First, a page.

Christian Slater is returning to TV yet again—with perhaps his most up-to-the-minute role to date.
The onetime teen idol has spent plenty of time on series television in recent years, with stints on broadcast series including Mind Games, Breaking In and My Own Worst Enemy. Now, he’s entering the edgier world of cable with USA’s Mr. Robot, in which he plays a master hacker who attempts to draw a young programmer (Rami Malek) into a plot to take down major institutions. Mr. Robot which debuts on USA June 24; its pilot episode is available online now.
Slater is hardly a computer expert: He refers to himself as an “entitled baby” who has people help him organize his life online. But he’s also not the same guy who won viewers’ hearts in movies like Heathers and Pump Up the Volume. Asked about his status as a teen idol, Slater say that fans who say they loved him as a teen cause him some angst. “I’m honored,” he says, “and I feel a pang in my side.”
TIME: Had you been particularly tech-savvy before you took this role?
Christian Slater: I have to give my wife more credit for being a little more savvy with that stuff and paying closer attention, particularly with the finances. An actor equals, sometimes, an entitled baby. People take care of things for me, and they pay greater attention to things than I was ever capable of doing. But in the last few years I have learned a great deal more about taking care of things. I pay my own bills now.
Has the show, and its subject matter, made you more nervous about your own personal security? I’m sure a lot of people would like to read your emails.
Whatever emails they could find on me wouldn’t be that interesting at this point. But I’m more cautious nowadays as far as updating passwords, and not using my animals’ names as the option. Updating passwords and changing them all the time is something I’m involved in.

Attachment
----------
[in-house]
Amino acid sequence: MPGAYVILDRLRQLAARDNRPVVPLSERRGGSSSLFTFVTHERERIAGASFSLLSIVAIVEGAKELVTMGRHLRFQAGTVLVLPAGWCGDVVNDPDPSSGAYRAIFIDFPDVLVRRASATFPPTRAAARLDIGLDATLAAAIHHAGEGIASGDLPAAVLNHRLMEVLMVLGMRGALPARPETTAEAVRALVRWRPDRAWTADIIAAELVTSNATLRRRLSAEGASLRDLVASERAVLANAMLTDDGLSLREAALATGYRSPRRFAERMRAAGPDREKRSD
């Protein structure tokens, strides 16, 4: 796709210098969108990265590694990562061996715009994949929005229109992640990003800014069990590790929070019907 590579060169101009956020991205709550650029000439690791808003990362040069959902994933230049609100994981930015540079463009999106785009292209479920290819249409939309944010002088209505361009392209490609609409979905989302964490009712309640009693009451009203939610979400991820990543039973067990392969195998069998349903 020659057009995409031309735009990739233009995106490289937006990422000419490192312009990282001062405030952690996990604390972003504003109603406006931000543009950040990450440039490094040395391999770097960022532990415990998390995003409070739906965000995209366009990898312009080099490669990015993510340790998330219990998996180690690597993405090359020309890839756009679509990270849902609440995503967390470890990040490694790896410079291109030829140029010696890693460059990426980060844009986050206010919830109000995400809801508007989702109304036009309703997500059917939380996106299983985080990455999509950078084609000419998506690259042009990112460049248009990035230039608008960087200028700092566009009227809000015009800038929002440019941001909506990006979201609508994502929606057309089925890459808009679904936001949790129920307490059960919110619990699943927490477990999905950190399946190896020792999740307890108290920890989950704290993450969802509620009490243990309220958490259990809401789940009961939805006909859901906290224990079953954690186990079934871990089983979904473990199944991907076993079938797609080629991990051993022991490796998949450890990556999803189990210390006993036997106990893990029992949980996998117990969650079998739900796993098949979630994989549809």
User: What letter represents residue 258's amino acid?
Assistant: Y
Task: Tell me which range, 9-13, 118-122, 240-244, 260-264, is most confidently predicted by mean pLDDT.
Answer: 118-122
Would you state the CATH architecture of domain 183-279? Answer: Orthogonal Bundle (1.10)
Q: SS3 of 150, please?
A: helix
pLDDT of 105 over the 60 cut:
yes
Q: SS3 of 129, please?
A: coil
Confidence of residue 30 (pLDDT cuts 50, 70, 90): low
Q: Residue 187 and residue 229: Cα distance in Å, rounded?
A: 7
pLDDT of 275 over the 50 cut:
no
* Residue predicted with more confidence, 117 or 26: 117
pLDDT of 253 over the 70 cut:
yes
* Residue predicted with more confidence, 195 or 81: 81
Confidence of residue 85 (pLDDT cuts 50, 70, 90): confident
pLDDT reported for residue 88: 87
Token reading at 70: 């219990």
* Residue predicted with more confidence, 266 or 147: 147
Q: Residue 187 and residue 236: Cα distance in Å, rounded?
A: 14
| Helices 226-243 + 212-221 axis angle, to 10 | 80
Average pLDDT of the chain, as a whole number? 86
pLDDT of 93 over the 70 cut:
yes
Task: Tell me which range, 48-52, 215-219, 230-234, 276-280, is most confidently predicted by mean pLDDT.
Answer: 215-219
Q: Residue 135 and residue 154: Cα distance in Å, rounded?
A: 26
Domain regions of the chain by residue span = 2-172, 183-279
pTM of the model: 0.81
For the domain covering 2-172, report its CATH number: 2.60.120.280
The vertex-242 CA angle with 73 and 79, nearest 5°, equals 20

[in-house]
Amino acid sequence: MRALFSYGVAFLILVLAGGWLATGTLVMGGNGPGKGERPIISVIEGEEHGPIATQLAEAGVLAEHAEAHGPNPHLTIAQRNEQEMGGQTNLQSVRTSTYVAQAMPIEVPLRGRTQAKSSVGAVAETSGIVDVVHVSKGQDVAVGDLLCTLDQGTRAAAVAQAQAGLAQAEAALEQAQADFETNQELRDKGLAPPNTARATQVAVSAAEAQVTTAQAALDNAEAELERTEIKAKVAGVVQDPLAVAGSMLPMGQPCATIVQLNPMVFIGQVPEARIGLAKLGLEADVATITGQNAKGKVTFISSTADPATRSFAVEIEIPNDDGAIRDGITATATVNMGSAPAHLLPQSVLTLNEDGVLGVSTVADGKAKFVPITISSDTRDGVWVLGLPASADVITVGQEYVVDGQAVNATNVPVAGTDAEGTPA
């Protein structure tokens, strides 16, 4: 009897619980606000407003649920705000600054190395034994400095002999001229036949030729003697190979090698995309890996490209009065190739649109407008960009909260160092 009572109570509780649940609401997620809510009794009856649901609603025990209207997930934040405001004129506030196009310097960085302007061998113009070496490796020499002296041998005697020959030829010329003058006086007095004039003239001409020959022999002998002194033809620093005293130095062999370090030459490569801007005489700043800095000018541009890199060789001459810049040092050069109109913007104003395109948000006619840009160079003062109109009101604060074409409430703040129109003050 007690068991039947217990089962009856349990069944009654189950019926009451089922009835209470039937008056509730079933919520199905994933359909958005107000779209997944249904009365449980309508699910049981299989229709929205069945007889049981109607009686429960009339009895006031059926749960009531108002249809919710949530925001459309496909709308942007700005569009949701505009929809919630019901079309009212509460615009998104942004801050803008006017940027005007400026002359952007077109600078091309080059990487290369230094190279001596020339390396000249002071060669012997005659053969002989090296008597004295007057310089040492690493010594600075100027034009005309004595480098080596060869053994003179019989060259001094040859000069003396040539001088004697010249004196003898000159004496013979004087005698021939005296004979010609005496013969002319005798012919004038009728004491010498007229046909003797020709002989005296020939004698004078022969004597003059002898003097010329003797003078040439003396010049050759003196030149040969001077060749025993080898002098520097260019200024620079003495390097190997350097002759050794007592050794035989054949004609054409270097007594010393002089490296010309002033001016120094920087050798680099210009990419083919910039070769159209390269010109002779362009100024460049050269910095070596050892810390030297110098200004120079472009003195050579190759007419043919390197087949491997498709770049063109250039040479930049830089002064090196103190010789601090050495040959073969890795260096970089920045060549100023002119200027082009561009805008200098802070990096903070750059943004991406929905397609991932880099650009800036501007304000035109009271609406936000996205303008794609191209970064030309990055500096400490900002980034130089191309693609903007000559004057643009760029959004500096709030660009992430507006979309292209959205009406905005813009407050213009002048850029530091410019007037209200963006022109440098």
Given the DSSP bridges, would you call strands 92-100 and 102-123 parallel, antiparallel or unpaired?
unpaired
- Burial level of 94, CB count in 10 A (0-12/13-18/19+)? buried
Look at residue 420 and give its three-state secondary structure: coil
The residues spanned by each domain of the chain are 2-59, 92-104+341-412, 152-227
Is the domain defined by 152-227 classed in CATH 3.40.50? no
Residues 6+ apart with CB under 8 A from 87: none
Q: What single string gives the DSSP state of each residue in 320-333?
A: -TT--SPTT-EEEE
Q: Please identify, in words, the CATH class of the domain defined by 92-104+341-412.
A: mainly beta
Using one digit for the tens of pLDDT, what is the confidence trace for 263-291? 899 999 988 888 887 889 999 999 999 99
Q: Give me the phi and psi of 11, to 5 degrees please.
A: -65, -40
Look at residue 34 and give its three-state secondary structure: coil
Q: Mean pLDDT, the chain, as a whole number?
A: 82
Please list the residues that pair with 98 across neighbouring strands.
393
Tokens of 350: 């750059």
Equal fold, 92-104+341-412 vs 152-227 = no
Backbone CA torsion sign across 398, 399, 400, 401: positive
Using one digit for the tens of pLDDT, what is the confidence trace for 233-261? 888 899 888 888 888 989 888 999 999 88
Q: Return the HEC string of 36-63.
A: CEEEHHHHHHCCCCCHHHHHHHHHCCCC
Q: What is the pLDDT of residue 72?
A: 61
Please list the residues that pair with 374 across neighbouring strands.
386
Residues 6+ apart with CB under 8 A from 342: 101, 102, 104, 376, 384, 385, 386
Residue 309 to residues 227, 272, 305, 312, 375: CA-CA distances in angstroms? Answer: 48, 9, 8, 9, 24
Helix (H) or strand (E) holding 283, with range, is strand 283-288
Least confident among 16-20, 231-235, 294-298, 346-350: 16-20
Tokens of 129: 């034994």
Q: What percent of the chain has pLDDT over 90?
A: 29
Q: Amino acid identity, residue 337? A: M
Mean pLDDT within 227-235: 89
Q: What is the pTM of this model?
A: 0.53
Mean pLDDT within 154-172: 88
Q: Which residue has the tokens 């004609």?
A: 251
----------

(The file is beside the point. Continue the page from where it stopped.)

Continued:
Do you use social networks?
I do have a Twitter account and there’s a woman at my agency who got that all set up for me. I don’t know how many followers I have. It’s not one of those things I check on a regular basis.
You play the titular Mr. Robot. Who’s your favorite robot?
If I’m backed into a corner, the first thing that comes to mind is the robot from Forbidden Planet. But that could be me trying to be kitschy, cool, and cultural, because the real answer is R2D2.
Mindy Kaling recently confessed a childhood crush on you.
She’s mentioned me in a couple episodes of The Mindy Project, and my wife and I are huge, huge fans. I was charmed by it. I thanked her for the shoutout. It may have been a tweet.
Some 26 years after Heathers, how does life as a former teen idol treat you?
I’m an actor; I have an ego that is sometimes disproportionate to the reality of the situation. Sometimes people come up to me and say, “You were my teen crush.” I’m honored and I’m touched, but I also ask: What happened? Why’d you take the poster down? I get a little heartbroken in that situation. It’s hilarious that a human can be that insane. I’m grateful for everything I have going on in my life, but sometimes people will come up and you think: The passage of time, what happened? I’m 45 now, and that’s the reality. I’m honored, and I feel a pang in my side.
You’ve played “Christian Slater” in episodes of The Office and Curb Your Enthusiasm. What’s the secret to playing oneself onscreen?
You can’t try to be yourself; you sort of have to be yourself. The less that I did, the better it all felt. Relax, go with the flow, and just try to stay the hell out of your own way.
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